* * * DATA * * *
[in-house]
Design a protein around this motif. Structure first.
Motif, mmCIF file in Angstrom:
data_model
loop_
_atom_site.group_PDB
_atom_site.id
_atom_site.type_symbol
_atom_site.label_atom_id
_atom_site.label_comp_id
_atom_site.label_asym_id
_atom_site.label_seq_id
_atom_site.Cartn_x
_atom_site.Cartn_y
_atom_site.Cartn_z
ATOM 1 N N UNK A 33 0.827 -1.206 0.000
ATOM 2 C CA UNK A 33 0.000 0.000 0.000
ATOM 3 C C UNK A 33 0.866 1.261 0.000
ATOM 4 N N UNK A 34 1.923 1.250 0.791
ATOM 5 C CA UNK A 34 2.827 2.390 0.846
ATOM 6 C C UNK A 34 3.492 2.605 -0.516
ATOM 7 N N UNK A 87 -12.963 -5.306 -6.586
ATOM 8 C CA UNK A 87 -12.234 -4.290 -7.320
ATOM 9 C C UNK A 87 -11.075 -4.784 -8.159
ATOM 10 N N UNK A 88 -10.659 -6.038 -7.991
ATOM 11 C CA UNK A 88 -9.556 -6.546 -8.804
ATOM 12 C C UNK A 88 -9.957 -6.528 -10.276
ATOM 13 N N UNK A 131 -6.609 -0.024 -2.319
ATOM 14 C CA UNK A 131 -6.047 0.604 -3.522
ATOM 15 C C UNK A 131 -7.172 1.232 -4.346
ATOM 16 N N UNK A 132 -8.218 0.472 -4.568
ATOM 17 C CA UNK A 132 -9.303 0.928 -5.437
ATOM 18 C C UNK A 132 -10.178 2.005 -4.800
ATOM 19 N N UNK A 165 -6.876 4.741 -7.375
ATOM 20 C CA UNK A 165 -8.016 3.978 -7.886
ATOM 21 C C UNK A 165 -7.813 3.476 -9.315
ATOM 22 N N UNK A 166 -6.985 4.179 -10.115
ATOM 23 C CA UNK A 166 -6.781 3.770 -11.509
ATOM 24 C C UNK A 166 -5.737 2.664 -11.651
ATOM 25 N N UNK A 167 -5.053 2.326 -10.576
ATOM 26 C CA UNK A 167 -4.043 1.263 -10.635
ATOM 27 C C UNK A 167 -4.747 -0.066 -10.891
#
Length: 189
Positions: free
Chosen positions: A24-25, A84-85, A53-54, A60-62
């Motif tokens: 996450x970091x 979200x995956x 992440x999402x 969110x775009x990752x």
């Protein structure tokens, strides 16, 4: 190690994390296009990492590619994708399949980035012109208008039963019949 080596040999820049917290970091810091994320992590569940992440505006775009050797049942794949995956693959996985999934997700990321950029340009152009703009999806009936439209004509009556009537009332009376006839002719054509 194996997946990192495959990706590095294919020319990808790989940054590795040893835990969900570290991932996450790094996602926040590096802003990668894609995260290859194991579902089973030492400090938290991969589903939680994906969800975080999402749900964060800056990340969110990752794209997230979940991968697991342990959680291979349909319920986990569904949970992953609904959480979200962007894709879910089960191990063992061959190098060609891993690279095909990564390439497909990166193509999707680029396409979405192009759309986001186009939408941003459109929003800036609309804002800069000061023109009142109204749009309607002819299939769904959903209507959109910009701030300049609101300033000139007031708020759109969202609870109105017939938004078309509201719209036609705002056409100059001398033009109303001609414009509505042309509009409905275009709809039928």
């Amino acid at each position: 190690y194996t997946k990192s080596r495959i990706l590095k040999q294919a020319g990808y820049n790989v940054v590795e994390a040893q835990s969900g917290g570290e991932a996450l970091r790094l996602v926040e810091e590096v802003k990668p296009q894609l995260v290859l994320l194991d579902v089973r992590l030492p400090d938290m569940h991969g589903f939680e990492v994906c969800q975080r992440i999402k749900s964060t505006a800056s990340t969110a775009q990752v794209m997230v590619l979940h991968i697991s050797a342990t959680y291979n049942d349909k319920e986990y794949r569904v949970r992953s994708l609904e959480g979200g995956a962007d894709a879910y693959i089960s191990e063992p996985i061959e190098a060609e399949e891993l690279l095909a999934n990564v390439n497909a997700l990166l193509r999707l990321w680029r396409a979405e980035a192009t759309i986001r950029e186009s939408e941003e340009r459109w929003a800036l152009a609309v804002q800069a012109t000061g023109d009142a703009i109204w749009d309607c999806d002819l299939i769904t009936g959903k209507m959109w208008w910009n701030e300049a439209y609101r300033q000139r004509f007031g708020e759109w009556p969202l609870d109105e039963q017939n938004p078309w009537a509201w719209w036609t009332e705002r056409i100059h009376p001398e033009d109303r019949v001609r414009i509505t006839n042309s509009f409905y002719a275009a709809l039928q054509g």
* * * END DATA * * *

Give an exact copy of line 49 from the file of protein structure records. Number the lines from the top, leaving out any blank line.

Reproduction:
């Amino acid at each position: 190690y194996t997946k990192s080596r495959i990706l590095k040999q294919a020319g990808y820049n790989v940054v590795e994390a040893q835990s969900g917290g570290e991932a996450l970091r790094l996602v926040e810091e590096v802003k990668p296009q894609l995260v290859l994320l194991d579902v089973r992590l030492p400090d938290m569940h991969g589903f939680e990492v994906c969800q975080r992440i999402k749900s964060t505006a800056s990340t969110a775009q990752v794209m997230v590619l979940h991968i697991s050797a342990t959680y291979n049942d349909k319920e986990y794949r569904v949970r992953s994708l609904e959480g979200g995956a962007d894709a879910y693959i089960s191990e063992p996985i061959e190098a060609e399949e891993l690279l095909a999934n990564v390439n497909a997700l990166l193509r999707l990321w680029r396409a979405e980035a192009t759309i986001r950029e186009s939408e941003e340009r459109w929003a800036l152009a609309v804002q800069a012109t000061g023109d009142a703009i109204w749009d309607c999806d002819l299939i769904t009936g959903k209507m959109w208008w910009n701030e300049a439209y609101r300033q000139r004509f007031g708020e759109w009556p969202l609870d109105e039963q017939n938004p078309w009537a509201w719209w036609t009332e705002r056409i100059h009376p001398e033009d109303r019949v001609r414009i509505t006839n042309s509009f409905y002719a275009a709809l039928q054509g």